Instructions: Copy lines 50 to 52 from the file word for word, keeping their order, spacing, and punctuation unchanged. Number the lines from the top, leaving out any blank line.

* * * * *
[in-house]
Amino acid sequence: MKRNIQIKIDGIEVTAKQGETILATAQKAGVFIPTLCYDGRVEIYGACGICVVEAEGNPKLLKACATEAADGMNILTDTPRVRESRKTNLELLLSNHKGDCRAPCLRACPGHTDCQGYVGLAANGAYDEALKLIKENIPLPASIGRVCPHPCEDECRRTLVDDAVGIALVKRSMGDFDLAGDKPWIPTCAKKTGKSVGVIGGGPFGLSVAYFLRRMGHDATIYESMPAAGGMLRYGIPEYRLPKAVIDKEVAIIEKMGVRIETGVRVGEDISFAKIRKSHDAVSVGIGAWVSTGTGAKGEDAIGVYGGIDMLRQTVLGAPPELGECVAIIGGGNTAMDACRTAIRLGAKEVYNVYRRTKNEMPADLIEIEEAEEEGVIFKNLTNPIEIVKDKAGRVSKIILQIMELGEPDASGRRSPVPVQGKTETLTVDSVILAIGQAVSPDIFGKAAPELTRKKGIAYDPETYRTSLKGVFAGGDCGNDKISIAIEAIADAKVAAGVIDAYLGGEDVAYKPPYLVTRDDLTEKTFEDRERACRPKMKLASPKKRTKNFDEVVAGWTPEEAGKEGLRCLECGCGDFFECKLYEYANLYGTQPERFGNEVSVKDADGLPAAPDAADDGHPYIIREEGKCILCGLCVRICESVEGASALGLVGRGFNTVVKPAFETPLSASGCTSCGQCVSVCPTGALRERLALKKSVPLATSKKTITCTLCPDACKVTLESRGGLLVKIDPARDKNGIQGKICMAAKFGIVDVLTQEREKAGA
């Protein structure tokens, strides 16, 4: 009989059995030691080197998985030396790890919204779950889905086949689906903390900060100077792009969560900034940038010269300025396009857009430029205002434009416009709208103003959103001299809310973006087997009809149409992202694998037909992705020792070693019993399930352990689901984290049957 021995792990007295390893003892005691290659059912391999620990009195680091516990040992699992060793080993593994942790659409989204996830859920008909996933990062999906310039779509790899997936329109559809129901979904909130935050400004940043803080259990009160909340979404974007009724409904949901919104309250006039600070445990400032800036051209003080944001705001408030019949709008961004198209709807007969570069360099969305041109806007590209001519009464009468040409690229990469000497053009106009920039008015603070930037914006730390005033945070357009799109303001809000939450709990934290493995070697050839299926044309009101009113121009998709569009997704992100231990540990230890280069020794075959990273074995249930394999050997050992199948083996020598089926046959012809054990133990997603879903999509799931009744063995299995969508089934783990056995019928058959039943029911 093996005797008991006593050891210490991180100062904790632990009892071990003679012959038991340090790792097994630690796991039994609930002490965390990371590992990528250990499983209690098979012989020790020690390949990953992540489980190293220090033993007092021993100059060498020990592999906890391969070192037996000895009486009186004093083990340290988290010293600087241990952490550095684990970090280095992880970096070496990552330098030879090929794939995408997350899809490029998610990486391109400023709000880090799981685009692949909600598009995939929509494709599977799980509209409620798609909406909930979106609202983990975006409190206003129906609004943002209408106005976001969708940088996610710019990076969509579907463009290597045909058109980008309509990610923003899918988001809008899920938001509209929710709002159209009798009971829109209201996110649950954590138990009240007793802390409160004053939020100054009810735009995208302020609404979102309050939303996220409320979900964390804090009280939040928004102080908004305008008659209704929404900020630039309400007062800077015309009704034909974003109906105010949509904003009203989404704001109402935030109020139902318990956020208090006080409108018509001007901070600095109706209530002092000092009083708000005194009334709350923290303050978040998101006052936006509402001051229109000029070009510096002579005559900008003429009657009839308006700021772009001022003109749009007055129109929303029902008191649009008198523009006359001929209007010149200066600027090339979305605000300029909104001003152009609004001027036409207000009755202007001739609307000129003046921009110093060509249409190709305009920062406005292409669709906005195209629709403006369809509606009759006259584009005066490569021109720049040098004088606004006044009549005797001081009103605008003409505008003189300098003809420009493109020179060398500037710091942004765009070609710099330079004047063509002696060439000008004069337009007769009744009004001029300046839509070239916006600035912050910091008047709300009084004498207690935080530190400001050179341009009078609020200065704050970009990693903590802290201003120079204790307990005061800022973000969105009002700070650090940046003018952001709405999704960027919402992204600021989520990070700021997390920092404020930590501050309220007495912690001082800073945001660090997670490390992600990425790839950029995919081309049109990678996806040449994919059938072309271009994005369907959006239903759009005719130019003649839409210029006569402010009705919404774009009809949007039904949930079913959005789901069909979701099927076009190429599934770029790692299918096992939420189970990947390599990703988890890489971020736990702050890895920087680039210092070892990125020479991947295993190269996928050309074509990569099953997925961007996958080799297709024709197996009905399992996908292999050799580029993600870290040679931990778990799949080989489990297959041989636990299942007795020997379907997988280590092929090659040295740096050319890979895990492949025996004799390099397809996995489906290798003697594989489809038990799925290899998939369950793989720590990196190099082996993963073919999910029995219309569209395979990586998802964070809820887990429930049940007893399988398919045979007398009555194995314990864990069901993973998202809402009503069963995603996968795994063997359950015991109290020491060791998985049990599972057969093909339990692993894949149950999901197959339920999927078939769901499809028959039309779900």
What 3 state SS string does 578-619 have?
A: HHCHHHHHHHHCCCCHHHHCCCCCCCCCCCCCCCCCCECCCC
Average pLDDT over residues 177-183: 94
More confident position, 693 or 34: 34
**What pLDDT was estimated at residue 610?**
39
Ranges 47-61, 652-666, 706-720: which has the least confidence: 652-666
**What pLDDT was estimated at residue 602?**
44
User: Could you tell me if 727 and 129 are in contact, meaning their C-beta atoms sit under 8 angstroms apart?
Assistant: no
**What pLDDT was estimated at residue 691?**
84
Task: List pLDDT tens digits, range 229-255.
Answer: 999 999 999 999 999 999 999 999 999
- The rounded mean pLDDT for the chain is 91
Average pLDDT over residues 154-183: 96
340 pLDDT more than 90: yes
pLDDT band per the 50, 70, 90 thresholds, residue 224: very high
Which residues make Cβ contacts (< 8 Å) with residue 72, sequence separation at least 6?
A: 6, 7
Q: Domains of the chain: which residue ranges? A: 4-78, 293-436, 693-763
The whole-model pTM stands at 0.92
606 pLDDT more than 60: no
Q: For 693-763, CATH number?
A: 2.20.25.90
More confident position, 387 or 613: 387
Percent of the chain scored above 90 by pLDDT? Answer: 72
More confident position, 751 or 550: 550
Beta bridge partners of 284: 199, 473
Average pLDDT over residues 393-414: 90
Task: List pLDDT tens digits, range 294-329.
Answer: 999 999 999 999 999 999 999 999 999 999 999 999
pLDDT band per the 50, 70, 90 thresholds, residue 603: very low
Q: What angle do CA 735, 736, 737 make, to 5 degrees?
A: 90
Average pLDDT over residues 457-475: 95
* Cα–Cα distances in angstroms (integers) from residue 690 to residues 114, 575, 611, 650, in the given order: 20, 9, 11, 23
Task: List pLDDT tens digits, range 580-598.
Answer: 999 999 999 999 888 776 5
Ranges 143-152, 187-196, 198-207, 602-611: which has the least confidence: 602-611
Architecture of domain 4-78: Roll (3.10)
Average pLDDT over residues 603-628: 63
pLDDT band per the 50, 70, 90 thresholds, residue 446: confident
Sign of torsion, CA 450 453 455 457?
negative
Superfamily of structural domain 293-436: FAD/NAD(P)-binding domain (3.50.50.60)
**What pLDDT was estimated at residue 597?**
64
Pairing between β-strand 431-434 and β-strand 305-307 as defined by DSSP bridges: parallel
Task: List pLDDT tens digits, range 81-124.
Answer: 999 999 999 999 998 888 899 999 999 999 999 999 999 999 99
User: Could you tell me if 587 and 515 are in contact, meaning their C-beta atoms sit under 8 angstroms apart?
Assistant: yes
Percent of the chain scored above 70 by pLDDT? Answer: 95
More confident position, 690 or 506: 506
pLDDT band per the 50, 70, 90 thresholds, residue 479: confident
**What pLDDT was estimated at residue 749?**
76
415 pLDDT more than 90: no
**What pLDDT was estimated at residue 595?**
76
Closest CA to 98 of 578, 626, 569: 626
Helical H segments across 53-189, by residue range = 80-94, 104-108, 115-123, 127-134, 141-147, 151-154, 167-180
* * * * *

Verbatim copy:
Superfamily of structural domain 293-436: FAD/NAD(P)-binding domain (3.50.50.60)
**What pLDDT was estimated at residue 597?**
64